Fall is here. With the exception of the cyclocross season, most cycling, running, and triathlon races are in the record books.
This article features tips on how to transition into the off-season and plan appropriate training to prepare for the next year of racing.
Darkness fell as I made the final push to the thin-air summit of Colorado’s 14,100-foot Handies Peak, and I flipped on my headlamp and waist lamp. After traversing the summit peak and ridgeline to the north, I plunged off the…
Over the last few years it’s become increasingly obvious that the bikes we ride on the road, the types of road that we ride them on, and the types of events we participate in are changing dramatically.
Athletes often feel compelled to exercise longer and harder in order to improve. A problem arises, however, when you exercise beyond what your body tells you is acceptable, and you still feel as though you need to do more.
When you are developing your training program for a key event you should not overlook the specific racing conditions that you will face.
Whether you are an experienced endurance athlete or a beginner, there are many benefits to be had from training in a group environment. If you know how to use group training to your advantage it can elevate your fitness and give you a training stimulus that you would otherwise be unable to achieve.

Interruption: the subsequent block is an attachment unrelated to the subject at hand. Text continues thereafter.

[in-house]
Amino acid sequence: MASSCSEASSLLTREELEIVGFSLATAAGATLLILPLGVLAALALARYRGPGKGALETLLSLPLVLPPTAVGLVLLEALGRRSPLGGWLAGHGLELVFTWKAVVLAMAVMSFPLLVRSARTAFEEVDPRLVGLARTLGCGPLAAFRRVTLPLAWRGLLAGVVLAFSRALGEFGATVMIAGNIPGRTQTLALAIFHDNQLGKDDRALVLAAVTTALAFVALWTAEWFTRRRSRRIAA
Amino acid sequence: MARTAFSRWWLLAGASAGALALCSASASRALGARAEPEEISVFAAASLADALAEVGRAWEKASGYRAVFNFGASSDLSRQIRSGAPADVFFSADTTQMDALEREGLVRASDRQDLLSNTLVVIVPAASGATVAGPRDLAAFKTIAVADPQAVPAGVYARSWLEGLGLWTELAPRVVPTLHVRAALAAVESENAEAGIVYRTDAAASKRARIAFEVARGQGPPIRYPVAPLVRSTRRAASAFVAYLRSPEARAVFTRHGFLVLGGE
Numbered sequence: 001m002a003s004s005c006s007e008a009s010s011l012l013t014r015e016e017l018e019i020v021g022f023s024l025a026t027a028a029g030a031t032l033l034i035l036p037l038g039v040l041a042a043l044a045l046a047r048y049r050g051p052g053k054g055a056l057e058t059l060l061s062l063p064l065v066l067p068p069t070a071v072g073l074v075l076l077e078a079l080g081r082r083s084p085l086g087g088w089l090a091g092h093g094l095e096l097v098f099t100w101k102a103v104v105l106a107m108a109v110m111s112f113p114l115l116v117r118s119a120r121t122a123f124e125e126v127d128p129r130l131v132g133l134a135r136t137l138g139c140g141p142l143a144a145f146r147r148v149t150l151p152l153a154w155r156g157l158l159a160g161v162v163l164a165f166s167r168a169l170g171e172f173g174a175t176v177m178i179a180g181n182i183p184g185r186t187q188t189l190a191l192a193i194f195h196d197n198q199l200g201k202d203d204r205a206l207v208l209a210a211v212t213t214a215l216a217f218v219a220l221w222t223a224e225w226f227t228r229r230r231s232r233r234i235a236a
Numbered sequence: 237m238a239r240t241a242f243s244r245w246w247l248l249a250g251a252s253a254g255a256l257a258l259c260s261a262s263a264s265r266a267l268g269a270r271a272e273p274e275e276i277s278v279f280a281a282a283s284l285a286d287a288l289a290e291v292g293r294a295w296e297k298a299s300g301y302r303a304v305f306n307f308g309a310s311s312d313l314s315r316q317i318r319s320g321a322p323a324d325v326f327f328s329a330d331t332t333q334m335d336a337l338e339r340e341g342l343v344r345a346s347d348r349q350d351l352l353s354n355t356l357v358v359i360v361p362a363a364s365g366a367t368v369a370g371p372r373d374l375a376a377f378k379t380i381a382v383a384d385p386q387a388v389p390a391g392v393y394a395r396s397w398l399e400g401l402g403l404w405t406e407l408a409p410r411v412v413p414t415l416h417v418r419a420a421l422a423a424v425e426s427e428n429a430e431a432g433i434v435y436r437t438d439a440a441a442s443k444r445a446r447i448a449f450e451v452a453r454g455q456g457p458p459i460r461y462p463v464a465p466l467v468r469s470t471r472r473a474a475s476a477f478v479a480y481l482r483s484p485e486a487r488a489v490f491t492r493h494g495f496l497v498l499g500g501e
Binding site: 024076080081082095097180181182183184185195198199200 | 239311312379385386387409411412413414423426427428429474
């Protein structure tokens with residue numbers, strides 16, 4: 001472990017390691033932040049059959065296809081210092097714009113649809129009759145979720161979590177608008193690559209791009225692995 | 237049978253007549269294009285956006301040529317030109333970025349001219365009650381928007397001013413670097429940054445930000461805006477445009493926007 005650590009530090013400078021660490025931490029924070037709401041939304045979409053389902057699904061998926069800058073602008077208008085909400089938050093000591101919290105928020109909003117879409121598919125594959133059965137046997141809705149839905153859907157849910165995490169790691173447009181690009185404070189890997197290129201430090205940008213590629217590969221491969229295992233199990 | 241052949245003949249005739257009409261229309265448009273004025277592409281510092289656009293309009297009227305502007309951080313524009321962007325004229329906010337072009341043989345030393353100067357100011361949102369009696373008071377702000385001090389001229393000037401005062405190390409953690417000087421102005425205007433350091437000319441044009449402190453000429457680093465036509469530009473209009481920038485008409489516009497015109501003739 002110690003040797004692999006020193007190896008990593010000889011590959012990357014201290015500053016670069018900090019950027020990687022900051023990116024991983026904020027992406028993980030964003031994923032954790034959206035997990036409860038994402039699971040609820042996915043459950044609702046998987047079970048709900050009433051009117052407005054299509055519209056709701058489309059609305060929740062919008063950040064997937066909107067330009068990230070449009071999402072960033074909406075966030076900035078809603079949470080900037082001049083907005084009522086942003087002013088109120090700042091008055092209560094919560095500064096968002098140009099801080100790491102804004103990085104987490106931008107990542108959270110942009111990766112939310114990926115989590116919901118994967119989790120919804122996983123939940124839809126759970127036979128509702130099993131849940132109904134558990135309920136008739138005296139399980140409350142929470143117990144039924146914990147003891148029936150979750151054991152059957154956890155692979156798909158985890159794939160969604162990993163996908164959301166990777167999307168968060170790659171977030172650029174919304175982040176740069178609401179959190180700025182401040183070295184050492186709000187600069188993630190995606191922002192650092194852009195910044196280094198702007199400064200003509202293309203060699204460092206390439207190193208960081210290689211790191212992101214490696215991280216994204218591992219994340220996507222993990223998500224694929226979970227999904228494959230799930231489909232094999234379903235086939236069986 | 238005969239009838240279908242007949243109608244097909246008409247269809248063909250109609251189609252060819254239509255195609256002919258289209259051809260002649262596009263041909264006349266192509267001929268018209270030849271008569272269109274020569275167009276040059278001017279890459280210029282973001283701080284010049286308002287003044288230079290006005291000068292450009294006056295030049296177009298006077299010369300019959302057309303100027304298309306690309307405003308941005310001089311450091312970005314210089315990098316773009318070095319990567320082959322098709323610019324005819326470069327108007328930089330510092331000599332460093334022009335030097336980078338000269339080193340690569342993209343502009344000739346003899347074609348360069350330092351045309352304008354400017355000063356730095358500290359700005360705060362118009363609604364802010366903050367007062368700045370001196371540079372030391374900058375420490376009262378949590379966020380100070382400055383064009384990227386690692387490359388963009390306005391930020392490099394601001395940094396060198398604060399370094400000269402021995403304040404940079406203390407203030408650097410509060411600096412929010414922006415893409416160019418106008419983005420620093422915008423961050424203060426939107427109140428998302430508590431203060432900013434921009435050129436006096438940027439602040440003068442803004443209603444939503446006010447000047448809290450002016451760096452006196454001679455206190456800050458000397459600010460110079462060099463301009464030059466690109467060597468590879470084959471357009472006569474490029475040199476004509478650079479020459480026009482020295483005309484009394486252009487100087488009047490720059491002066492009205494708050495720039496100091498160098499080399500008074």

Sometimes life gets in the way of training and there are only so many hours in a day. Given all that you have on your plate, how do you maximize your time while training for a race?
Welcome to the second part of a 6-month marathon training plan. At this point you’ve put in a good amount of work on your legs and they’re primed and ready for the next step.
As you embark on a new season of racing it is critical that you establish a plan to structure your training. The biggest mistake most athletes make is doing the same type of training day after day.